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Monday, May 22, 2006

A good policy idea

The regular and guest financial columnists at National Review Online provide anyone interested a real service with the quality of their work. This column by Cesar Conda and Ernest Christian is yet another example:

The recipe for high GDP growth in the future is the same as it was in 2003-04, when the combination of lower tax rates and “bonus depreciation” caused a spurt in investment that helped lead the economy out of recession and toward its current strong standing.

Standard neoclassical econometric models confirm what common sense and experience suggest: Replacing old-fashioned tax depreciation with immediate first-year expensing would add more than $200 billion to GDP, boost wage incomes, and add upwards of 750,000 jobs. Because the static revenue cost of first-year expensing quickly phases out after four years, it is also in the long term the cheapest, most bang-for-the-buck, and most growth-oriented tax change the Congress could make. When you use dynamic scoring that takes into account induced economic growth, first-year expensing costs nothing.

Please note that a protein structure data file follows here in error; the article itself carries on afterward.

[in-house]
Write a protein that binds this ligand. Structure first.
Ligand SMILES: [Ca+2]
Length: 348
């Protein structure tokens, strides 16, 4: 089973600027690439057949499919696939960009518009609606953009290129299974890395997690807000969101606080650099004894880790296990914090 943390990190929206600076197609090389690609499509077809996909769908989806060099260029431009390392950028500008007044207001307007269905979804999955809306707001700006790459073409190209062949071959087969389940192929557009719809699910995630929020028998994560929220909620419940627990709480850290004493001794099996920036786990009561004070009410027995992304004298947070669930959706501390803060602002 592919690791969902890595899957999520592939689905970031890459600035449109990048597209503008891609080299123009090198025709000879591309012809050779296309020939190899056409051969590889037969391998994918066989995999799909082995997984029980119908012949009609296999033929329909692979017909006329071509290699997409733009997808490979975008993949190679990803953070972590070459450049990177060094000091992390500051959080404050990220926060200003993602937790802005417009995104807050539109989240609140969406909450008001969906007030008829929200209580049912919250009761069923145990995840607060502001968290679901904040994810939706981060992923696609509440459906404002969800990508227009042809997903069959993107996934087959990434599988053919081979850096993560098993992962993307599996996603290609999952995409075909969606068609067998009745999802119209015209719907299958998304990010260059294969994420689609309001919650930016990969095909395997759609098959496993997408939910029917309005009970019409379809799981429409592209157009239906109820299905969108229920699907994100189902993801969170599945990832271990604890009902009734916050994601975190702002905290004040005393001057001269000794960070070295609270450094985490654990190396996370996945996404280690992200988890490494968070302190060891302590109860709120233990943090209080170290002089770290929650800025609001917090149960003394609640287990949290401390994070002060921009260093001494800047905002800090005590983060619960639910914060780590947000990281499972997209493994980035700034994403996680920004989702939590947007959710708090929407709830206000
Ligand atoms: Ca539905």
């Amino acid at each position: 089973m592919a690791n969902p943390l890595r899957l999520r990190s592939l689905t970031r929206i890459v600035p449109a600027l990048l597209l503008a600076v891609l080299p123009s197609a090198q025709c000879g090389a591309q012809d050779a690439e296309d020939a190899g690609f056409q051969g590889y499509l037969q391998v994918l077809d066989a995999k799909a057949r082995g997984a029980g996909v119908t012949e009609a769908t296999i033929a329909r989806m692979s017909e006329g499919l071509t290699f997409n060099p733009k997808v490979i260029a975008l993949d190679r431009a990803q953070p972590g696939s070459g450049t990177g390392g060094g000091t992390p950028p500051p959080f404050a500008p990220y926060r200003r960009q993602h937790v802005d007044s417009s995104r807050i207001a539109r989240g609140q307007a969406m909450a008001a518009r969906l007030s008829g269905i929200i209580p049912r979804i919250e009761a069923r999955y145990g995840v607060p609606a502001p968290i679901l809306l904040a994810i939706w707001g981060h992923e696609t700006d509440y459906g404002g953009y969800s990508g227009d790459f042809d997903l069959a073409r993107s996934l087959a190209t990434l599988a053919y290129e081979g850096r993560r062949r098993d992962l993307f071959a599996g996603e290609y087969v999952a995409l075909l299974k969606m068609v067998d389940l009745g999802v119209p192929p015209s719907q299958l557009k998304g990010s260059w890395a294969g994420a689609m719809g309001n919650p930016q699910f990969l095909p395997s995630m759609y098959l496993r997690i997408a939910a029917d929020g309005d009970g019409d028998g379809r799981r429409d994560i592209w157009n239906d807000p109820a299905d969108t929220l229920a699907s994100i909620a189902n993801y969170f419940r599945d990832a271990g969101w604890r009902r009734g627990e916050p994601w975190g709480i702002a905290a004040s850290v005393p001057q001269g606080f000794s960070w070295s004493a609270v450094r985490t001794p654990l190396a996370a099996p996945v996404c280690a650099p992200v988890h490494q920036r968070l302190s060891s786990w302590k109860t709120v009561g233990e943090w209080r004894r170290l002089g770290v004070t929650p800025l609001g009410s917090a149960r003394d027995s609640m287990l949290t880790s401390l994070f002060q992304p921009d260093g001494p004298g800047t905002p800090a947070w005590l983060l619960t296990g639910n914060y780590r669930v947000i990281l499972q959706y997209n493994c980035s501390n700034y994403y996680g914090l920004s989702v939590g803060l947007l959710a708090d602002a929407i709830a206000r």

The best and quickest way to promote high growth and better living standards is to accelerate investment in new and efficient capital stock. Even if there were no energy crisis, Congress would still be justified in immediately enacting first-year expensing. After all, it is their duty to help the economy grow and make the American people better off — and expensing will clearly do just that.

Some tax cuts are just lost revenue, some might provide a payback over long periods of time through increased economic activity and some provide rapid payback. Taxes on capital are amongst the most potent of these. This despite the howls of the collectivists and statists!

1 comment:

Hey Skipper said...

I vote for a flat tax on consumption.